In the wake of the United Kingdom's vote to exit the European Union, another core member of Europe is facing an uncertain future because of proposed major constitutional reform. Italian voters will go to the polls in late October or early November to decide the fate of Prime Minister Matteo Renzi's leftist government. If Renzi's reform passes, it will make governing Italy much easier, but its main aim is to essentially disenfranchise a euroskeptic, populist movement similar to the U.K. Independence Party.
Italy has one of Europe's strangest parliamentary systems. Both the Chamber of Deputies and the Senate share the same electorate and the same terms of office (this is known as perfect symmetry and is practically unique). In 2005 Italy made its system less democratic when it decided to award the winning coalition of parties 54 percent of the seats in the Chamber of Deputies regardless of its percentage of the vote. However, this law did not apply to the Senate. So when Renzi's coalition won in 2013 (it was then led by another Socialist politician), it received 340 of the 630 seats in the Chamber of Deputies despite only winning the vote by a 29.5 percent to 29.1 margin over Silvio Berlusconi's right-of-center group. Five Star, the populist party that is causing much of the commotion, won a shocking 25.5 percent of the vote.
The Socialist coalition, however, didn't do so well in the Senate. It won only 123 out of the 315 seats. Five Star declined to cooperate with the government (and, in fact, its entire platform is based on not cooperating with the existing parties), and Renzi began his premiership by reopening the issue of constitutional reform. Renzi's reform would dramatically alter the Senate. It would end direct election of senators, reduce the number of senators to 100, and transform the body into a Senate of regions. It would significantly strengthen the power of whatever coalition won a plurality of votes. This has led some critics to call the measure authoritarian. Renzi has said that if the No campaign wins, he will leave politics, evoking the fate of former U.K. Prime Minister David Cameron.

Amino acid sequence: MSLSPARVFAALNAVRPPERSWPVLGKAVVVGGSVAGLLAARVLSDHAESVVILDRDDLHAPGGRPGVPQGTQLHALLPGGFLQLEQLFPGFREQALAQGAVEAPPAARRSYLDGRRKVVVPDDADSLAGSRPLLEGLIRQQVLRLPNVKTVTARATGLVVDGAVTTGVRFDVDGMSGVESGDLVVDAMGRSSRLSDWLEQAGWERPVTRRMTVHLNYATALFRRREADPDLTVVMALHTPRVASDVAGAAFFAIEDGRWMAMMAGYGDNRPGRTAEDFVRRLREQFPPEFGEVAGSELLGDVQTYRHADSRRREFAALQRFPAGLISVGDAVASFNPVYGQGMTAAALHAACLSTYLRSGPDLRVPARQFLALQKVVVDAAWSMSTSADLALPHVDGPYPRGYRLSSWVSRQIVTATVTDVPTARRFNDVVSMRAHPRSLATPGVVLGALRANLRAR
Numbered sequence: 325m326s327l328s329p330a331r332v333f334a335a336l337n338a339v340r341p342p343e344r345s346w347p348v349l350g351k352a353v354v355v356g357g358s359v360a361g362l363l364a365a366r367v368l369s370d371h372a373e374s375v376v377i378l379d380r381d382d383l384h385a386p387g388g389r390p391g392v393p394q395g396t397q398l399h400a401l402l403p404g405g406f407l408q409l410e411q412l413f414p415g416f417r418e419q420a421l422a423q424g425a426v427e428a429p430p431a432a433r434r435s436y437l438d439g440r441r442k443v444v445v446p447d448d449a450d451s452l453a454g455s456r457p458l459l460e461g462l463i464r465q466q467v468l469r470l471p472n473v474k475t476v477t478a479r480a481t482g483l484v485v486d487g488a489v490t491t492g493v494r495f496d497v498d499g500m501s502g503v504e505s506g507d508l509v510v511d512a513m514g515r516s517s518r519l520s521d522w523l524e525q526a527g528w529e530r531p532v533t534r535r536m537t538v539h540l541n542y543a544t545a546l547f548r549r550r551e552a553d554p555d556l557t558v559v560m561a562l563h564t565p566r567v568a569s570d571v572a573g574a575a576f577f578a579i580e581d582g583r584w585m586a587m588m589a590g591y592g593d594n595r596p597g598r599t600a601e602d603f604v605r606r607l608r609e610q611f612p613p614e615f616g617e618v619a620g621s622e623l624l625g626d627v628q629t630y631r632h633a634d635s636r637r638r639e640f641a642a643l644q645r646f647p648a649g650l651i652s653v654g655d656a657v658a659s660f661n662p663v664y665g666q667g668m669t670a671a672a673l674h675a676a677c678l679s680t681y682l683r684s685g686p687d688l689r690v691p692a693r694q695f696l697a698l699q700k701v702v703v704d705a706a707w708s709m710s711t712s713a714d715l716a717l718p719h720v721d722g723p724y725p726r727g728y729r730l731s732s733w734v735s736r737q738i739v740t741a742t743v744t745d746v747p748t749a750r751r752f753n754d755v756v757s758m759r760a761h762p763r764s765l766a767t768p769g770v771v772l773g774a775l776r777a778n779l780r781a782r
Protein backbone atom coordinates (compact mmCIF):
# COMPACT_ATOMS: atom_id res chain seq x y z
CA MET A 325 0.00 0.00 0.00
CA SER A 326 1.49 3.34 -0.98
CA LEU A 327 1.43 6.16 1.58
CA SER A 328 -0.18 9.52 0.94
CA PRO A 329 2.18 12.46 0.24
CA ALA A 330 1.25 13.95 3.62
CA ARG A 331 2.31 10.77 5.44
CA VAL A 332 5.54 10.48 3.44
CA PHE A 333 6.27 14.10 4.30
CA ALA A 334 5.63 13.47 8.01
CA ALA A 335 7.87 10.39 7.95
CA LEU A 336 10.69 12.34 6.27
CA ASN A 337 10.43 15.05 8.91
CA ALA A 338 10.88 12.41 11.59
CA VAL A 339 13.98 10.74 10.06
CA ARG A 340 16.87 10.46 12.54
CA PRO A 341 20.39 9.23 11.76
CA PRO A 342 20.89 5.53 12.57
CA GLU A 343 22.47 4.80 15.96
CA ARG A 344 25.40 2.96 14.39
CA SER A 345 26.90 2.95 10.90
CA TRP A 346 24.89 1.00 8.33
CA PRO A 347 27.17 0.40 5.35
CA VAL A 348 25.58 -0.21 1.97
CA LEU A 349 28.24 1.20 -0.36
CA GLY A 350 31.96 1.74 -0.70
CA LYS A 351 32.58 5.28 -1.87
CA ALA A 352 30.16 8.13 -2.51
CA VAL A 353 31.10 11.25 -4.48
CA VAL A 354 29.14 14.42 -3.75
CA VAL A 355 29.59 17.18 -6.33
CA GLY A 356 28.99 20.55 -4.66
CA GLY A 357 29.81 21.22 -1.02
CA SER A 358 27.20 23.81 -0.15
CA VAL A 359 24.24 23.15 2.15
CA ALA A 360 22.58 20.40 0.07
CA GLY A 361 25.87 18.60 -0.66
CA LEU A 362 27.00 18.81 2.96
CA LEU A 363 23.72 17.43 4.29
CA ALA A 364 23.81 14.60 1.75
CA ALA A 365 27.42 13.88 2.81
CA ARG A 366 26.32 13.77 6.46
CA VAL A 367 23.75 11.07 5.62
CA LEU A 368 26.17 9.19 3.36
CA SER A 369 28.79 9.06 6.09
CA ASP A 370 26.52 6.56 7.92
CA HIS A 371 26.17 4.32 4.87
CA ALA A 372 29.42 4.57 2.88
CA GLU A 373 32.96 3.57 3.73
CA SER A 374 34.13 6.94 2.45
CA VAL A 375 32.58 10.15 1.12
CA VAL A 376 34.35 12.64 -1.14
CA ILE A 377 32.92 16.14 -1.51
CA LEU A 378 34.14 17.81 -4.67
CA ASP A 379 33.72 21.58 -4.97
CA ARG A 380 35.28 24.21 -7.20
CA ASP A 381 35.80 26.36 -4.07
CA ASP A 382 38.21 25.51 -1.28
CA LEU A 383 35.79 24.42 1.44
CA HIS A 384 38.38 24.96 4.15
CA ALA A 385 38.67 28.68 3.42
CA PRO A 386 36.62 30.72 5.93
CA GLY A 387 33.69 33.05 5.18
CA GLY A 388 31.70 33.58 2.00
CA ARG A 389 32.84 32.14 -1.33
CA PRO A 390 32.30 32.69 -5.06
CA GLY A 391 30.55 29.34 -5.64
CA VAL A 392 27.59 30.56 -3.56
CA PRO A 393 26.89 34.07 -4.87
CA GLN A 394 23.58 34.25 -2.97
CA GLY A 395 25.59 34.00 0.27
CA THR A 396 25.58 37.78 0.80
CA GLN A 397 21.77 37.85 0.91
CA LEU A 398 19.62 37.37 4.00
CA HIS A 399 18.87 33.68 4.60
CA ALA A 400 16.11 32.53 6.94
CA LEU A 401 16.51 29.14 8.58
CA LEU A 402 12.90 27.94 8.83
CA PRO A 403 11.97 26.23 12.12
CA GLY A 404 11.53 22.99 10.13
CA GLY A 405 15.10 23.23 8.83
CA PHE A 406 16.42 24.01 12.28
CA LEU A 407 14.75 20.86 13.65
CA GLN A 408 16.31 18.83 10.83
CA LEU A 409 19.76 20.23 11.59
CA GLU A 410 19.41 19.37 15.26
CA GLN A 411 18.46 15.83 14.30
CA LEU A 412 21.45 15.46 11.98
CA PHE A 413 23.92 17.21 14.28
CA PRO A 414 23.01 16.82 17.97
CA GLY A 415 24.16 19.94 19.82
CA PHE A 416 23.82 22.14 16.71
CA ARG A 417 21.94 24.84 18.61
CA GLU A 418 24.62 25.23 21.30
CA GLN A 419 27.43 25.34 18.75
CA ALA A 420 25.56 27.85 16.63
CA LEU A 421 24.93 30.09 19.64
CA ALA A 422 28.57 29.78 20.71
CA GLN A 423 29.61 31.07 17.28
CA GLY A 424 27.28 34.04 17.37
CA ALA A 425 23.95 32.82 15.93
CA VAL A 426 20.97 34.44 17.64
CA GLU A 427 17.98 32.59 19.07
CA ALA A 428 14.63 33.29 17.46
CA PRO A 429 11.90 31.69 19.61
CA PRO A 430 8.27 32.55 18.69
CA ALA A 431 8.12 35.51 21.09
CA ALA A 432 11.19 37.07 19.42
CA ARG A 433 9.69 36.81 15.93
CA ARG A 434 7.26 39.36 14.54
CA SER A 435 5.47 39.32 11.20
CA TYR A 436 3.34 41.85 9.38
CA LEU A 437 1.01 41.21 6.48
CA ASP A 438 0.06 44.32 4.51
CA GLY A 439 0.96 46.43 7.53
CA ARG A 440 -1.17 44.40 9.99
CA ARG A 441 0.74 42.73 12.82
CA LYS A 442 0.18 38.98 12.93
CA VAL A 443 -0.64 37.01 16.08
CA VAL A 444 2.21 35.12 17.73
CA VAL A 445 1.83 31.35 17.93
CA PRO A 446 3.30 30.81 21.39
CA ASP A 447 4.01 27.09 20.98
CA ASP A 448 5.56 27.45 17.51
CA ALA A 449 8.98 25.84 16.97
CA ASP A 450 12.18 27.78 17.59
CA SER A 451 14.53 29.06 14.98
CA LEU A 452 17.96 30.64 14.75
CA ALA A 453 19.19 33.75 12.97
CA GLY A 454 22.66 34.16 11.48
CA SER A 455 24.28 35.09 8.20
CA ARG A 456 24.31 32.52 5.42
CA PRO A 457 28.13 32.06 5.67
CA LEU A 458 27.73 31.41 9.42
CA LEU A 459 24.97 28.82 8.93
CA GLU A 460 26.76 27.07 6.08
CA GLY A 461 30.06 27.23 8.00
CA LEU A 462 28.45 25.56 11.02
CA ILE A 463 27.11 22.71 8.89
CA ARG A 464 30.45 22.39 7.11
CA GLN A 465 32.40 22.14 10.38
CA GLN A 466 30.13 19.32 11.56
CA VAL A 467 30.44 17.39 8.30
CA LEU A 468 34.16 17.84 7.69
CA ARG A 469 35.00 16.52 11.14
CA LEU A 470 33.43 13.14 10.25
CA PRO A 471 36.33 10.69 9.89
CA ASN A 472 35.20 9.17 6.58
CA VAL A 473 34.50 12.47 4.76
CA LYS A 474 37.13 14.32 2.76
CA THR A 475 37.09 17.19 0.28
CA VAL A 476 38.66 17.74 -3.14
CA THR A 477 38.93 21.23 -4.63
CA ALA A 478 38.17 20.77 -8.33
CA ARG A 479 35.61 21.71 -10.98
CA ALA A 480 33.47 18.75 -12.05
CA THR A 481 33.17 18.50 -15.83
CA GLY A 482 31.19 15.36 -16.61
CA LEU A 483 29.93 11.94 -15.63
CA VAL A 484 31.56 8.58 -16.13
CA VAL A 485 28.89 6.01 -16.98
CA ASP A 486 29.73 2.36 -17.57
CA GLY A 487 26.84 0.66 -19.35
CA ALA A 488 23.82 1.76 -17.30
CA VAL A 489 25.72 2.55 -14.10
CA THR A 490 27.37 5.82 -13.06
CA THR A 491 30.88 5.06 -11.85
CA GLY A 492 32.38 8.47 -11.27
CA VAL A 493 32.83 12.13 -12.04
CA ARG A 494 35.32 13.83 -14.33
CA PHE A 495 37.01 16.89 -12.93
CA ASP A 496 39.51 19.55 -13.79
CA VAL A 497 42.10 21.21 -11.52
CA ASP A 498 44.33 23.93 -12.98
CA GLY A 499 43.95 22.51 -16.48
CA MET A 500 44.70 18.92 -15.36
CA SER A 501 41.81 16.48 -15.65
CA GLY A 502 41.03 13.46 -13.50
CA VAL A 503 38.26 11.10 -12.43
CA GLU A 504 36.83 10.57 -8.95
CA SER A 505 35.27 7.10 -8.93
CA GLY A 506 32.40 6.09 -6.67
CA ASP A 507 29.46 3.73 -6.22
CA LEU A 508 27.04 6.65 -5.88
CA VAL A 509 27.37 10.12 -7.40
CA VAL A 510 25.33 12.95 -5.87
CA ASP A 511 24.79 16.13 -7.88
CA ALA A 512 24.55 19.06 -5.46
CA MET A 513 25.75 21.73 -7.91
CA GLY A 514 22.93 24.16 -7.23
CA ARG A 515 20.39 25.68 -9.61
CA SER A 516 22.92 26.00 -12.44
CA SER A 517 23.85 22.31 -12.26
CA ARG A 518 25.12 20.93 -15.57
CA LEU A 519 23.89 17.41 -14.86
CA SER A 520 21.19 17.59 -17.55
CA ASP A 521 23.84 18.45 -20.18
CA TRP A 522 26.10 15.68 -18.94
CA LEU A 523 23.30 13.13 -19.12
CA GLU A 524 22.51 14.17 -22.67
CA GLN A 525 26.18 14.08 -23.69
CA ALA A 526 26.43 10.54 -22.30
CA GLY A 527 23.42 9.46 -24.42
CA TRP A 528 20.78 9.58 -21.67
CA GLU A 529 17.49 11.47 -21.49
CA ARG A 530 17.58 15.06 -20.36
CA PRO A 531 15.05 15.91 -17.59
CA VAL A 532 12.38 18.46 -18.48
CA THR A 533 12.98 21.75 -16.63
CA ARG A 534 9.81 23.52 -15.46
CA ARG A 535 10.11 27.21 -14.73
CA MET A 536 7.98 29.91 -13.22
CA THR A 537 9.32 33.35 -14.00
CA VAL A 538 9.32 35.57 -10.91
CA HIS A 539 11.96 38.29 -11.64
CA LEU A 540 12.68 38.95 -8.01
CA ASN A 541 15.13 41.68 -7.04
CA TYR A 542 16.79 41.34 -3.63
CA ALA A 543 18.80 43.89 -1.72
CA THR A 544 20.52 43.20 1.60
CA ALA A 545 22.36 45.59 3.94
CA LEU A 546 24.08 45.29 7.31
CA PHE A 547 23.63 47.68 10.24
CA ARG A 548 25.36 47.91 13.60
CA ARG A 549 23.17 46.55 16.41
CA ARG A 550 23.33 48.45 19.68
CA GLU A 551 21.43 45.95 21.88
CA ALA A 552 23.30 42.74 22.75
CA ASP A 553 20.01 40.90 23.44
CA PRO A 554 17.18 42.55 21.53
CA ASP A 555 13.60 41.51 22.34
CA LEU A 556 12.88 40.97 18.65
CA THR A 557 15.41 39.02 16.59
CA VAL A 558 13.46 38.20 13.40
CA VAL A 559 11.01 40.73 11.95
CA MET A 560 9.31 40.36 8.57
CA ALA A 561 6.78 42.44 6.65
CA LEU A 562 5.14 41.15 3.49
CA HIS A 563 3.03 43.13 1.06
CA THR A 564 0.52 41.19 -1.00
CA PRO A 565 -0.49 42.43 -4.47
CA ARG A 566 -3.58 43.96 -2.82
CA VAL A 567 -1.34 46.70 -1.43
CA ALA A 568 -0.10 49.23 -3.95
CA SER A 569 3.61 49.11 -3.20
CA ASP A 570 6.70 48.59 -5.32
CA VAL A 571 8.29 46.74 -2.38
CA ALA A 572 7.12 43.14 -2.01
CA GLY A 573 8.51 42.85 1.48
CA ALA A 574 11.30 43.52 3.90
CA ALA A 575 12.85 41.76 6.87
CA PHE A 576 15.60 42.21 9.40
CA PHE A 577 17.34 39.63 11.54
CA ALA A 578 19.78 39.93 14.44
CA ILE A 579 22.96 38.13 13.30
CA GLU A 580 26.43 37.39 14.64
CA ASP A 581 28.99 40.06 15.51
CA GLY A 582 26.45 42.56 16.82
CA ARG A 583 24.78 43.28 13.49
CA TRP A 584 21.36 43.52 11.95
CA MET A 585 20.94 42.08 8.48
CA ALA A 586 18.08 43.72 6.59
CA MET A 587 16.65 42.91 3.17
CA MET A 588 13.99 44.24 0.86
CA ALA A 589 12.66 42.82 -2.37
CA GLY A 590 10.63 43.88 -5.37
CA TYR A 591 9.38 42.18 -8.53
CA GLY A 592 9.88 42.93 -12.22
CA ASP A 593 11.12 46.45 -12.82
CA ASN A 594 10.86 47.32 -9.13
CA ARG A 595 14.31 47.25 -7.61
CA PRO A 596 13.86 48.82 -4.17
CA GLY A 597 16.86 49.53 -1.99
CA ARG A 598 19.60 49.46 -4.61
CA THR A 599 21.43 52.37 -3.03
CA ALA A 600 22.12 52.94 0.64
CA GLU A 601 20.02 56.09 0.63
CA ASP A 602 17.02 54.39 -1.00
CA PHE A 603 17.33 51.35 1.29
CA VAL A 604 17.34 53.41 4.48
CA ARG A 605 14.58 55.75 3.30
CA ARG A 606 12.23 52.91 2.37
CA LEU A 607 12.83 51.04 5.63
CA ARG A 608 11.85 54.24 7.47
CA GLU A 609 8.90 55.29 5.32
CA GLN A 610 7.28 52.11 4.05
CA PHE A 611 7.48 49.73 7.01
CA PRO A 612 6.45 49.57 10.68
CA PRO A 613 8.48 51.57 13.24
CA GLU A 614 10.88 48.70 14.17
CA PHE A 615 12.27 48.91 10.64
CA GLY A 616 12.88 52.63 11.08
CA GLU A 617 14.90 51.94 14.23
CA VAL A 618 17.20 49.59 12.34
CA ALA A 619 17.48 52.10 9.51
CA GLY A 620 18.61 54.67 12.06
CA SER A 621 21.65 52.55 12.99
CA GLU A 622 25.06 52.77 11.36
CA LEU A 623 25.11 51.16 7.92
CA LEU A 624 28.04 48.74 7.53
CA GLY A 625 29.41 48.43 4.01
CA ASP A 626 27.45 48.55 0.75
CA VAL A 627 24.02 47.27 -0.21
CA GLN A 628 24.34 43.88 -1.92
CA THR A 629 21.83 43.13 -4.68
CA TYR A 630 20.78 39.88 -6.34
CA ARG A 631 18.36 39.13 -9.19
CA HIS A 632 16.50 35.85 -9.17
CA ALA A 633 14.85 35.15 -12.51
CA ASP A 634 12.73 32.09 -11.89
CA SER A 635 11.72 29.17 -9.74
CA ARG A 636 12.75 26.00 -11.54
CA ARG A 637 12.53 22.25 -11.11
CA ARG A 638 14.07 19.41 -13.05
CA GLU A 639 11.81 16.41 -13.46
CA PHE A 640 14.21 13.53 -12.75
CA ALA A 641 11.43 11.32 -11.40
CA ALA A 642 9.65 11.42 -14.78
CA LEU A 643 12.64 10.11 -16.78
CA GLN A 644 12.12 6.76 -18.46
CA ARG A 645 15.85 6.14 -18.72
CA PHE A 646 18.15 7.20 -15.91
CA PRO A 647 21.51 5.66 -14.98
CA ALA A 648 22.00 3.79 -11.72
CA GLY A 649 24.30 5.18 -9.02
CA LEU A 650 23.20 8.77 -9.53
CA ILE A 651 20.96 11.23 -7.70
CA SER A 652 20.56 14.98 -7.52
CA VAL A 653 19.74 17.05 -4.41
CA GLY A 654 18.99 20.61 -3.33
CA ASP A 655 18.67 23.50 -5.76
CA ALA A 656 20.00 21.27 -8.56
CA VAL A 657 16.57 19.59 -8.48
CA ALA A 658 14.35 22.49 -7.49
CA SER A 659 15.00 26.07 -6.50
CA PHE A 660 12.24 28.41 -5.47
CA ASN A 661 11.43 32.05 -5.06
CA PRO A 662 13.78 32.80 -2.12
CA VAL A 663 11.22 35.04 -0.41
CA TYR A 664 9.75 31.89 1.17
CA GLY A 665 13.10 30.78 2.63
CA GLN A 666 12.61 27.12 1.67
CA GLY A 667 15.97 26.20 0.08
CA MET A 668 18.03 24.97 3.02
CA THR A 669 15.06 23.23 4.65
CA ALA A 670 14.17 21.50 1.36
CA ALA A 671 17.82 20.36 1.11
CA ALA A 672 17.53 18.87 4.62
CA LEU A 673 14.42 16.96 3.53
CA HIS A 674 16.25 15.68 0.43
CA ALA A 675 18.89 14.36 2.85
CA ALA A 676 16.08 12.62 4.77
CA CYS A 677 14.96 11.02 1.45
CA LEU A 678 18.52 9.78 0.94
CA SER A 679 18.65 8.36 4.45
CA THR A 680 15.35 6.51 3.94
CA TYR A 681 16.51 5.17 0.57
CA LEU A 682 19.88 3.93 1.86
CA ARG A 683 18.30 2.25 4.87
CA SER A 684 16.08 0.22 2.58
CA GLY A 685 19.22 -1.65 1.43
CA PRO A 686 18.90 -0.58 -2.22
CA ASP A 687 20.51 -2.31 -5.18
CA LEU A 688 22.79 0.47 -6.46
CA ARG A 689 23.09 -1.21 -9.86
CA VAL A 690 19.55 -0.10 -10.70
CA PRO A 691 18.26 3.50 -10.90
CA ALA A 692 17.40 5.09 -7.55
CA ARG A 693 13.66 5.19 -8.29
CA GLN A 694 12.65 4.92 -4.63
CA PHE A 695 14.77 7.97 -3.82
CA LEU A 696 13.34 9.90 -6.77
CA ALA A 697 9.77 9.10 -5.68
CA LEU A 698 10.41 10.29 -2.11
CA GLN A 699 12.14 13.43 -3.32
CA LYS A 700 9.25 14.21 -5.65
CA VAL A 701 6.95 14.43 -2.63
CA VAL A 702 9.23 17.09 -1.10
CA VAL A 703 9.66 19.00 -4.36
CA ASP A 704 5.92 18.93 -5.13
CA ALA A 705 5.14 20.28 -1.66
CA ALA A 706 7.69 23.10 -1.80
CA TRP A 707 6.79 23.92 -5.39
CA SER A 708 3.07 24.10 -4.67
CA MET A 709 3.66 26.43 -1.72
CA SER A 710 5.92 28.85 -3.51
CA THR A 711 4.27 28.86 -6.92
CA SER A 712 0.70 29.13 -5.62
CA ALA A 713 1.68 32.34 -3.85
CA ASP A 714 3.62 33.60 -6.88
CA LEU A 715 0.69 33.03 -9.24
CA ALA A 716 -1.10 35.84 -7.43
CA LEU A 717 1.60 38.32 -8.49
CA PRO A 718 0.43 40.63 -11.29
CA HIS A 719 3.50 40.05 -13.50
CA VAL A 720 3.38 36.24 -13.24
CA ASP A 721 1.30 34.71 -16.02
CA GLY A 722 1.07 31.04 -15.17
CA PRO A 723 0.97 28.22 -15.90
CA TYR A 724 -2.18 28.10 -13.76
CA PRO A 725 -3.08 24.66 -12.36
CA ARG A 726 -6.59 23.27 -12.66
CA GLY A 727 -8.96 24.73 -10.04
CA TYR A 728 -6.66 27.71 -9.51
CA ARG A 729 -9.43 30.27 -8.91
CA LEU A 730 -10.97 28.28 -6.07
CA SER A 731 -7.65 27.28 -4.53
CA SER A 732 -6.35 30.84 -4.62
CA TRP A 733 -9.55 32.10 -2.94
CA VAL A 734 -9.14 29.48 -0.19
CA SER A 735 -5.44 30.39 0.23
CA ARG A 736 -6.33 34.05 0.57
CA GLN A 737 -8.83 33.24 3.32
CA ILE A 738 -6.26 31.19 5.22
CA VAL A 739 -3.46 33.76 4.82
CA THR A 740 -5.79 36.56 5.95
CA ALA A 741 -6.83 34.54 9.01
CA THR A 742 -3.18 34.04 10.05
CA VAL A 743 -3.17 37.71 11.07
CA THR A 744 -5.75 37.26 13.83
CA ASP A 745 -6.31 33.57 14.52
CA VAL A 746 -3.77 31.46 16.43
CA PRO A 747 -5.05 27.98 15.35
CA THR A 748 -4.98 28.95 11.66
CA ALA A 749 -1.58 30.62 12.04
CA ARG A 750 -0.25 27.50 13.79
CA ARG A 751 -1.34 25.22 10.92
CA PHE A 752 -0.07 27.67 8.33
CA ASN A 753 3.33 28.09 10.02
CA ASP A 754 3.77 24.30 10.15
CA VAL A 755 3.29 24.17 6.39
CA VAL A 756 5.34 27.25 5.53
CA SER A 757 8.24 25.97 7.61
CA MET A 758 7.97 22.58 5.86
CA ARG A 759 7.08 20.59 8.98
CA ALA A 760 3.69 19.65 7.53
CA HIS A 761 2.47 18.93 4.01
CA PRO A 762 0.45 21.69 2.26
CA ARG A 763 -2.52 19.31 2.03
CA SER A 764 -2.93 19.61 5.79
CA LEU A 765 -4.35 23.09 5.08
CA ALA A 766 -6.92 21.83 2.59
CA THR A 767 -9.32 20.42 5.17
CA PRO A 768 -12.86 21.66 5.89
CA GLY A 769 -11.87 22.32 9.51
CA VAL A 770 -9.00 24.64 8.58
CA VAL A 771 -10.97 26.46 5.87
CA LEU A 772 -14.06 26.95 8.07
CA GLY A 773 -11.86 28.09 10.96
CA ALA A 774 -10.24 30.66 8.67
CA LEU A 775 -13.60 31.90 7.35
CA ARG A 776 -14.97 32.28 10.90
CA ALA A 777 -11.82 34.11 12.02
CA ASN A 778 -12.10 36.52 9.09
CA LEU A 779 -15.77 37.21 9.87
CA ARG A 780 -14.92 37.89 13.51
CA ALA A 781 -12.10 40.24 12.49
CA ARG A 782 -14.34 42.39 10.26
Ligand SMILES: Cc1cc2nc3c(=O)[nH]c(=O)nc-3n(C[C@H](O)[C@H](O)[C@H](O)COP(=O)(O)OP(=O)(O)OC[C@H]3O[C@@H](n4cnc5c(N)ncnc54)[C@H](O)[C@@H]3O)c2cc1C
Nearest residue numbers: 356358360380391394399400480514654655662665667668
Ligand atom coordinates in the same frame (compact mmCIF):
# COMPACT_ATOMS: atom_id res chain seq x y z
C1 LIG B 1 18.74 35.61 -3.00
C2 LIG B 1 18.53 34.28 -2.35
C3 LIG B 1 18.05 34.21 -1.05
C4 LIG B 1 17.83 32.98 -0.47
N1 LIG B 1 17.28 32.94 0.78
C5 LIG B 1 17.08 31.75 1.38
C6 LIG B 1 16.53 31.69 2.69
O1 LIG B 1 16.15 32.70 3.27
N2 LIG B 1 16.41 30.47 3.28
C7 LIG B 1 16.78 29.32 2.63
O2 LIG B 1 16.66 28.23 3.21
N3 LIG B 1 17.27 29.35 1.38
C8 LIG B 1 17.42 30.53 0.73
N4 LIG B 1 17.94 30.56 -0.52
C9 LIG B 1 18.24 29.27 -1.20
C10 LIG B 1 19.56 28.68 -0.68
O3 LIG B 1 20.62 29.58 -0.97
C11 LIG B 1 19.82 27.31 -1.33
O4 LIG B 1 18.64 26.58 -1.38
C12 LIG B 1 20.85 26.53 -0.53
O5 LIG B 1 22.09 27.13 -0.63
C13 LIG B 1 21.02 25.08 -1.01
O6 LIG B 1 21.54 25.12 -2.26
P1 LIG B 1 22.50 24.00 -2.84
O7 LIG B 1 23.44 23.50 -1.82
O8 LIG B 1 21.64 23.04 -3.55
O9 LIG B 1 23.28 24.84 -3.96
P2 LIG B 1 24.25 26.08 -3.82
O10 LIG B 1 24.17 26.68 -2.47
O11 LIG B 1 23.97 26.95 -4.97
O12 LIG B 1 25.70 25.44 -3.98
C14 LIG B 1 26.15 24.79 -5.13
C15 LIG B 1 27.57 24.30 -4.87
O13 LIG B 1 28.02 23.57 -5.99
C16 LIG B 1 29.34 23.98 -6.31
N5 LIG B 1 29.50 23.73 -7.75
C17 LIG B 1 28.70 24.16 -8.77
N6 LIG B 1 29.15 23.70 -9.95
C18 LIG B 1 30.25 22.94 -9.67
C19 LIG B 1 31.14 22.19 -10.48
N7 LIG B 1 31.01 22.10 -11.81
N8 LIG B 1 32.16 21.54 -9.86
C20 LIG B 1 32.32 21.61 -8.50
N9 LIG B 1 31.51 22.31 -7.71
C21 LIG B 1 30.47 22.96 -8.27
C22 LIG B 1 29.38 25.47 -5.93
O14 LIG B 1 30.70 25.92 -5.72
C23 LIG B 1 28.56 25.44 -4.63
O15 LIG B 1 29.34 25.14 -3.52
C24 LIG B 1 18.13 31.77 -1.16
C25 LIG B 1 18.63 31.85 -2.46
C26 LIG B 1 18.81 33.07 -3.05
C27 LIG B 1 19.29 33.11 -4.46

Although Renzi has repeatedly stressed that the referendum is not an Italian Brexit, the similarities are obvious. The growing popularity of the Five Star movement is a challenge to Italy's traditional fiscal and European policies. Much like Cameron wanted to take the steam out of UKIP by holding a referendum that would result in Brexit's defeat, Renzi is trying to neuter Five Star by effectively making its percentage of the vote meaningless, unless it is able to place first. It's a dangerous gamble (one that Cameron obviously lost).
From a tax and fiscal policy perspective, Renzi's reform seems helpful. The instability in the Italian government has led to slow and cumbersome responses to the recession and Italy's deteriorating financial position (the country's debt-to-GDP ratio is a staggering 133 percent). The Italian tax system is plagued by leakages (particularly VAT fraud), and reform is long overdue. Former Prime Minister Mario Monti, a technocrat, was able to paper over some of the worst problems during his brief government, but Renzi would like to do much more.
However, blocking the will of large voting blocs is unwise over the long term. Renzi might win a tactical victory over the Five Star movement by reducing its influence over legislation if his reform passes, but he will almost certainly lead to the populist party's followers becoming even more disaffected over the state of Italian politics. If Renzi is successful, he might succeed only in damaging the popular legitimacy of his and future governments, which could make Five Star more powerful and dangerous in the end (much like the National Front in France).